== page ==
Today marks the first day of HPV Prevention Week. Launched in 2017 through the stewardship of The Federation of Medical Women of Canada (FMWC) and collaboration partners including the SOGC, Public Health Agency of Canada, Merck Canada, Canadian Pharmacists Association and multiple regional partners, the campaign has garnered worldwide attention with numerous countries joining the education battle of HPV understanding, screening and treatment.
The second annual week continues to raise awareness and endorse educational activities aimed at promoting HPV immunization as the first step in the fight against HPV infection and six types of cancer.
"Cervical cancer and other HPV-related cancers in females and males can now be prevented! We know that PAP tests are excellent for early detection in girls and women, but I am excited about the goal of prevention, not just early detection, by immunizing girls and boys," remarks Dr. Vivien Brown, Board Member of the Federation of Medical Women of Canada and a family doctor.
Although the World Health Organization recommends both boys and girls be vaccinated, only Canada, Australia, New Zealand and the United States offer the vaccination to both boys and girls. This year's education campaign will focus the discussion on male immunization and the continued importance of screening and immunization beyond the age of 25.
The FMWC wants people to know that HPV-related cancers are preventable with immunization and has created a page where you can find links to resources and websites with other educational materials regarding HPV, what it is and how to fight it.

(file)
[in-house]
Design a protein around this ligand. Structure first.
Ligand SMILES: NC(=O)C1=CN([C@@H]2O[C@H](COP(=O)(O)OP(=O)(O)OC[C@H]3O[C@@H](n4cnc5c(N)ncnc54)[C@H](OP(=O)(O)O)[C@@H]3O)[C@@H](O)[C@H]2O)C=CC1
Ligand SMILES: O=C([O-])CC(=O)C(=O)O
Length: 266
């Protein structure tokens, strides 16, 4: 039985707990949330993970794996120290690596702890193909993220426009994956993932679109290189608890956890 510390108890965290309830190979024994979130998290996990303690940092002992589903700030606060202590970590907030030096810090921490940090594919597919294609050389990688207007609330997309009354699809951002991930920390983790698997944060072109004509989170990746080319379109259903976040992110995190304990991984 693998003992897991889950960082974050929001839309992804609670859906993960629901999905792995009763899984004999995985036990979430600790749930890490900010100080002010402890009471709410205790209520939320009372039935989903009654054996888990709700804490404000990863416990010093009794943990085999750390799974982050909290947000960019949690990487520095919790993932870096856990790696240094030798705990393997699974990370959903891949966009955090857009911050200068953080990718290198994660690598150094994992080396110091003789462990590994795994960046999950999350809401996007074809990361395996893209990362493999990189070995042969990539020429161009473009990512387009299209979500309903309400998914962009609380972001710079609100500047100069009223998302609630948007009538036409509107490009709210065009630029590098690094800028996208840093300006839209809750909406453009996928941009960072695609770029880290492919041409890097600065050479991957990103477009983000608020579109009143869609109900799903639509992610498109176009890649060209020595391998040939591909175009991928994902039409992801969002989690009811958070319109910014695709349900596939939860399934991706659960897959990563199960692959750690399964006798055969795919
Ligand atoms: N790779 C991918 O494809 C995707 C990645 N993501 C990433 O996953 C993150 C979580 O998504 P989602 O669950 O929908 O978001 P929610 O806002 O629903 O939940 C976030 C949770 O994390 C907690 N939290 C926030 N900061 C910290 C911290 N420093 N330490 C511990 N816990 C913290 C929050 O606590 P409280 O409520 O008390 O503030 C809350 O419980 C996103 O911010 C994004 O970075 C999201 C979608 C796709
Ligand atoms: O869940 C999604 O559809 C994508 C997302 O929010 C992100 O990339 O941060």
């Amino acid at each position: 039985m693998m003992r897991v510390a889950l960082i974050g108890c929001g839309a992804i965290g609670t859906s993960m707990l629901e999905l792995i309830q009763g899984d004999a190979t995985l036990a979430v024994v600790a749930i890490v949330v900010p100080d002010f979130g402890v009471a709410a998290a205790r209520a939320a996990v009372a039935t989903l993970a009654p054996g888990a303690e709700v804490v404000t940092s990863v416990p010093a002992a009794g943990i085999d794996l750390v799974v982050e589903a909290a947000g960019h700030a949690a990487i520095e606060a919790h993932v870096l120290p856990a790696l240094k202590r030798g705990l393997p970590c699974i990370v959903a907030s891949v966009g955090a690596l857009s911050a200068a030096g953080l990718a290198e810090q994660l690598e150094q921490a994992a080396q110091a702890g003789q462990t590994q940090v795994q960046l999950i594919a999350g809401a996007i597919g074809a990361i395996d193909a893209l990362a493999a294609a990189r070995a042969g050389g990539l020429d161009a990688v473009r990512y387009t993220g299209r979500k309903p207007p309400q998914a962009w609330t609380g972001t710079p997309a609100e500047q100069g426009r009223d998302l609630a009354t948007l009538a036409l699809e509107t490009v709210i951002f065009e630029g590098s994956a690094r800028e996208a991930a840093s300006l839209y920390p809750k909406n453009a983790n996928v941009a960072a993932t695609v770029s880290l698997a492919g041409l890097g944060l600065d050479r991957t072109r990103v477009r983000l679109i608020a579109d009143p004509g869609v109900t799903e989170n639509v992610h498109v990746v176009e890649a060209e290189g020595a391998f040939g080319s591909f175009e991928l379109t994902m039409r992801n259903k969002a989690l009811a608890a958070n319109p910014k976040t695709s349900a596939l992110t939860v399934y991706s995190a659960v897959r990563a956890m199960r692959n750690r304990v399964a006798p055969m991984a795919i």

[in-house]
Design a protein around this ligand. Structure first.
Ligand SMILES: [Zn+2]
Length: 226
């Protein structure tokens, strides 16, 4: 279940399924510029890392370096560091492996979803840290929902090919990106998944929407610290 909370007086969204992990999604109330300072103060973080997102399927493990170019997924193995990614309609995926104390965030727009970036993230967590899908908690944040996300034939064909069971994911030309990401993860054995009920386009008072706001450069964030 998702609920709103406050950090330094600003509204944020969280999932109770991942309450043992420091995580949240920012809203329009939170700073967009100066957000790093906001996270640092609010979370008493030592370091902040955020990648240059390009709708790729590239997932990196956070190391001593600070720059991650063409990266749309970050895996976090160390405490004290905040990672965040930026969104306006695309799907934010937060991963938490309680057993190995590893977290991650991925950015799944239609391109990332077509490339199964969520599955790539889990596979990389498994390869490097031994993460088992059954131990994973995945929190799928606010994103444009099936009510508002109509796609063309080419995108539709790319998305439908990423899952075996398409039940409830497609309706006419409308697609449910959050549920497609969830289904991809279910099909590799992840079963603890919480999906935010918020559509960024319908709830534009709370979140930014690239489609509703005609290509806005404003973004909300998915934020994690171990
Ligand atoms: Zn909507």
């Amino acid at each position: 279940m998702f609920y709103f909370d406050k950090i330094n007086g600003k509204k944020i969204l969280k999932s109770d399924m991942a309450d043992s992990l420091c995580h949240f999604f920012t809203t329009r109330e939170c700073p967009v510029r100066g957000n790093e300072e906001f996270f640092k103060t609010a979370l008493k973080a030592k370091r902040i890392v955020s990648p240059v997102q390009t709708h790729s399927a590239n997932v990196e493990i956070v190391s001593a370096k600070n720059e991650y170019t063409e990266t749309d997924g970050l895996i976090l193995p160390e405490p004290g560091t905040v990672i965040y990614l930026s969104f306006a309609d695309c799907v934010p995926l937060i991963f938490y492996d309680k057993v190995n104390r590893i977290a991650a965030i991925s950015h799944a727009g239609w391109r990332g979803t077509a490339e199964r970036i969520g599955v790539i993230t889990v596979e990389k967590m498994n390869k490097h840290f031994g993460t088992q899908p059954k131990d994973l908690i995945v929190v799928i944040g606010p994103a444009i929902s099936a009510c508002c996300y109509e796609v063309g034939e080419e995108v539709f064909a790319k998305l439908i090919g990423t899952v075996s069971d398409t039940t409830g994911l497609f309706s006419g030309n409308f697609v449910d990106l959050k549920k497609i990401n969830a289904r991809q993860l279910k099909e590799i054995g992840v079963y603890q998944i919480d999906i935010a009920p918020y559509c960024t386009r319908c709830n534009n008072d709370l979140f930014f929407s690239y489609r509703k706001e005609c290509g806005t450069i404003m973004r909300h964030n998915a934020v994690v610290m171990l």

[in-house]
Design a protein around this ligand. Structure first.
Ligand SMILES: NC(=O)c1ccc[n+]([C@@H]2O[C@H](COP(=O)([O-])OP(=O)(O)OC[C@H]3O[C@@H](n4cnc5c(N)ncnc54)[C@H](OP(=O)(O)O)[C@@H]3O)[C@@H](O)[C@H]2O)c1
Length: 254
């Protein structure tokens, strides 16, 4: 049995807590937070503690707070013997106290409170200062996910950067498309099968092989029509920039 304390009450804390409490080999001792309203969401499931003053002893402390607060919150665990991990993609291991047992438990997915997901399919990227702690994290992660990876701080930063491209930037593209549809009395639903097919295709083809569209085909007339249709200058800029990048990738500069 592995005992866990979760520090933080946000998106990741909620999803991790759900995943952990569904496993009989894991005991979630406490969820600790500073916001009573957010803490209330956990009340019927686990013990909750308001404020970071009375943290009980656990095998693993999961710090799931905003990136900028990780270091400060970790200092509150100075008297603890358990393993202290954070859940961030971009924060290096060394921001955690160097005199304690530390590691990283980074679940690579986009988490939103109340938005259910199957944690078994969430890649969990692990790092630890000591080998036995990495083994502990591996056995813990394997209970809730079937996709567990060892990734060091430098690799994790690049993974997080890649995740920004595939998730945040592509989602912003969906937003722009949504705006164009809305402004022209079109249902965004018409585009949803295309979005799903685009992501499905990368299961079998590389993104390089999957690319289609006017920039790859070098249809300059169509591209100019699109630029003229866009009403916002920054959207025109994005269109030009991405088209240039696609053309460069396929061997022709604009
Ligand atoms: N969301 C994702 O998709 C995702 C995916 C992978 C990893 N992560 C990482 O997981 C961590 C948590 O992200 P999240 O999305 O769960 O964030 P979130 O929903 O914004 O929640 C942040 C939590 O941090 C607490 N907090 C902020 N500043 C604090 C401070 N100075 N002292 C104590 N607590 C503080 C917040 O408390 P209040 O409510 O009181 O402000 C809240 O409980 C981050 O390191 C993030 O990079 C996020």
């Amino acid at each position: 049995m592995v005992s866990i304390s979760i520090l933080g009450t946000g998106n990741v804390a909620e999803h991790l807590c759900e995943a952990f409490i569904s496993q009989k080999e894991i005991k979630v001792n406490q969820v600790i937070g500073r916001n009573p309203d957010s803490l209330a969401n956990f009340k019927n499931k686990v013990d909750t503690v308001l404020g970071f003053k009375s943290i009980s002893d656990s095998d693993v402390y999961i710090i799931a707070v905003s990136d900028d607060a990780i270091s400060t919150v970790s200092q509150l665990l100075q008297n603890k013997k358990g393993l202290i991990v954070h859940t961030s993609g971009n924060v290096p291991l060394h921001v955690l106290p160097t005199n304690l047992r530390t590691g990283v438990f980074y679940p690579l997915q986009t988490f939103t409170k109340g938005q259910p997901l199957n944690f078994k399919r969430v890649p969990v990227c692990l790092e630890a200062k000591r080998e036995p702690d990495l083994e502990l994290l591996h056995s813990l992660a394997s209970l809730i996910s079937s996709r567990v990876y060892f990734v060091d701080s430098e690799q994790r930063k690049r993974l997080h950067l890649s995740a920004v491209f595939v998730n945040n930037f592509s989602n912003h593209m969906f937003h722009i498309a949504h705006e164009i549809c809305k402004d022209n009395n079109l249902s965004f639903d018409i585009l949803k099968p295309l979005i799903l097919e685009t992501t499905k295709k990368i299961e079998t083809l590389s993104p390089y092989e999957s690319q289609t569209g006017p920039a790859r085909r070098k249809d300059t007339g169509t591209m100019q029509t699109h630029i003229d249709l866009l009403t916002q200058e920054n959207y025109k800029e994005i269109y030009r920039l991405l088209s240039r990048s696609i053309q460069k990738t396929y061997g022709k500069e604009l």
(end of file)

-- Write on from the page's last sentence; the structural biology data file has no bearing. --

HPV is one of the most common sexually transmitted infections (STIs) in Canada and around the world.
It is estimated that as many as 75% of sexually active men and women will be infected with HPV at some point in their lives, regardless of lifestyle, but most people with healthy immune systems will eventually clear the infection from their bodies.
HPV can cause genital warts and six different types of cancer — Oropharyngeal, Penile, Anal, Vaginal, Cervical and Vulvar — but it is preventable.
The HPV vaccine is very effective for school-aged children and people of all ages. Those with previous exposure to HPV or a history of HPV-related diseases still benefit from HPV immunization.
Cervical cancer, and the five other cancers linked to HPV, can be prevented with HPV immunization. The best time to receive the vaccination is before sexual activity begins, which is why school-aged children are targeted. And although HPV vaccinations began with girls, HPV is not a female-only virus. Recent data shows that more than 3,500 Canadians – a third of them males – are diagnosed annually. That's why boys are now getting the vaccination.
"We are pleased to be marking HPV Awareness week. We are raising awareness because it is the first step to protect Canadian men and women from a preventable cancer," says Dr. Jennifer Blake, Chief Executive Officer of the Society of Obstetricians and Gynaecologists of Canada. "The World Health Organization has set its sights on the elimination of cervical cancer. We can do this in Canada by three simple steps-prevention- vaccination, early detection- screening, and early treatment. But it all begins with awareness, and the sharing of reliable information."
HPV Prevention week (#HPVPW18) is October 1-7, 2018 with a mission to educate Canadians about HPV prevention. Join the conversation and share what you learn using #CANADAvsHPV.
As part of the 2018 education week, Canadians are asked to raise awareness about prevention and take shots against HPV in the most Canadian way possible – with a hockey stick and puck.
Participating in the challenge is simple and only requires a few steps:
Set up a hockey net (real or makeshift!), grab a stick and a puck
Grab a friend who can snap a photo or a video of you
Take your shot against HPV by shooting the puck into the net
Post your photo or video on social media using #CANADAvsHPV and tag 3 friends to challenge them to do it next!